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Deadly Deliveries Report

According to statistics, the US number of maternal deaths has increased between 1990 and 2015. How could we be letting this happen?

Deadly Deliveries

USA Today recently published an extremely sobering investigative report, on the topic of the maternal death rate in the United States. According to statistics, the US number of maternal deaths has increased between 1990 and 2015 while other developed countries have a decreased number of maternal deaths over the same time span. Having been a Neonatal ICU nurse, this article pulled on my heart strings, how could we be letting this happen? But then my inner fact checker came forth and I decided I had to verify these numbers. Maybe it was that the journalists had misinterpreted the reporting, or read some obscure report. Well, while I found other statistics they all pointed to the reality that the US is definitely lagging in the quality and safety of care being provided to pregnant mothers. It doesn’t matter what statistics you use, WHO, UNICEF, or those put forth by the Global Burden of Disease, the US has seen an increase over the past 25 years in the number of women who die while pregnant, during childbirth or within a brief period after having given birth. To highlight the extraordinary nature of this healthcare crisis, I looked at who else had an increasing maternal death rate over the same time period. It was even more sobering. Out of the 183 countries that had data reported, only 12 others also reported an increase in the rate of maternal deaths. The US is in a small subgroup that includes, North Korea, Guyana, Georgia, Serbia, Tonga, Zimbabwe, Venezuela, South Africa, Suriname, Saint Lucia, Jamaica and the Bahamas.

What’s even more alarming in this article titled, “Deadly Deliveries” is that many of these deaths are preventable through basic processes of monitoring and management. So why have we gotten away from simple tasks? This is what I don’t understand. Maybe it was the organization in which I worked, but when I was working in the NICU, there was an understanding, a philosophy, a culture that believed in being pro-active rather than re-active when it came to healthcare. Even if it meant being a bit aggressive in the treatment of these premature babies/critical ill infants, the belief was basically that an ounce of prevention was worth a pound of cure. We would rather anticipate an infant “crashing” so to speak and try to prevent than to wait for them to actually “crash” and then deal with all the repercussion that could result from that. Why isn’t this being followed in all areas of healthcare? I don’t understand.

Ever since the release of the IOM report in 1999-2000, there has been an increased focus on patient safety and quality of care. Reimbursement has been tied to certain safety and quality measures as enticement for utilizing patient safety principles and actively working to promote patient safety. My question is - I’m not certain that we need more quality measures to report so much as we need to be focusing on the patient and making certain that our care is individualized to each patient.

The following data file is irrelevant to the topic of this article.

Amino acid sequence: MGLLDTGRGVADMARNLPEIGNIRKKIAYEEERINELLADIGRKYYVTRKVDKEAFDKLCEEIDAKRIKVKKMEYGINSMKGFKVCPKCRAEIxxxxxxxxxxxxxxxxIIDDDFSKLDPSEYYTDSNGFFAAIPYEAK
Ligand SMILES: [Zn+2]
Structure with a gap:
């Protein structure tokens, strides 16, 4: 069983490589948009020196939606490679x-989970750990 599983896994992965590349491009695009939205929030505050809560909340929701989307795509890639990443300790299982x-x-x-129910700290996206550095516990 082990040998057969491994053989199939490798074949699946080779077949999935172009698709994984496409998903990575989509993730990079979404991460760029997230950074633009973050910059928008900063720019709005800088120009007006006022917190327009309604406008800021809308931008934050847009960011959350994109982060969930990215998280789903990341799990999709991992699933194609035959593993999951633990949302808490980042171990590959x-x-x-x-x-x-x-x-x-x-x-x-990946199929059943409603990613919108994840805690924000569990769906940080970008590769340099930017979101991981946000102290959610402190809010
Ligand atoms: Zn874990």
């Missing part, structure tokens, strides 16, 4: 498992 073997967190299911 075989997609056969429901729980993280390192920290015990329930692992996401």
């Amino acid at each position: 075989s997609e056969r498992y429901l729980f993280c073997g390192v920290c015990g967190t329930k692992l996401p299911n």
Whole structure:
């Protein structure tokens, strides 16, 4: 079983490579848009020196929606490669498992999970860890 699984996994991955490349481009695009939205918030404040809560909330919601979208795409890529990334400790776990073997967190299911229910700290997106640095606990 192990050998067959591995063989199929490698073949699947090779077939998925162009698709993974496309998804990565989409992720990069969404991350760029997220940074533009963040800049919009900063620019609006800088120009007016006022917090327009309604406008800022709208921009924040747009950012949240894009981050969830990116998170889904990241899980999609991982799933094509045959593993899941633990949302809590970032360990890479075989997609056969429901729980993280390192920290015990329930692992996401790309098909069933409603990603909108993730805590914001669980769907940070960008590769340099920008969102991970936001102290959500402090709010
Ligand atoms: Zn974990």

Thinking of Joining a Patient Safety Organization?

There are other factors that go along with identifying high risk patients, some which deal with access, other factors deal with understanding who the high risk populations are. Other’s maybe deal with the education of our healthcare providers, instructing them and providing simulation scenarios to utilize critical thinking skills. That is something that struck me as I read the article, what happened to the critical thinking skills? Healthcare isn’t just following checklists, though they definitely help! But healthcare is understanding the body and understanding the normal variations that each person may have and knowing what is normal for one person may not be normal for another. It’s treating each person individually, with respect and dignity, without judgment on their circumstances.

'Deadly Deliveries:' Quality Talk Podcast Examines Rising Maternal Death Rate

There isn’t just one answer to this crisis of decreasing our maternal mortality rate, but as healthcare providers we need to start remembering why we went into healthcare and becoming advocates once again for our patients. Participating in the AIM program and using their safety bundles will help, reaching out to counterparts in the UK, France, Finland and Germany to see what protocols, policies they put into practice to decrease their maternal death rate will also help. Education of our healthcare providers and simulation of potential high risk scenarios will provide experience and utilization of critical thinking skills. But first and foremost, we MUST start focusing on the patient and putting their needs as priority over and above any potential financial penalties. Care plans for the patient must be constantly evaluated and evolving. And my sister nurses need to be utilizing their critical thinking skills to advocate for the best care of the patient. Only then will we begin to see the care of our new mothers improve.

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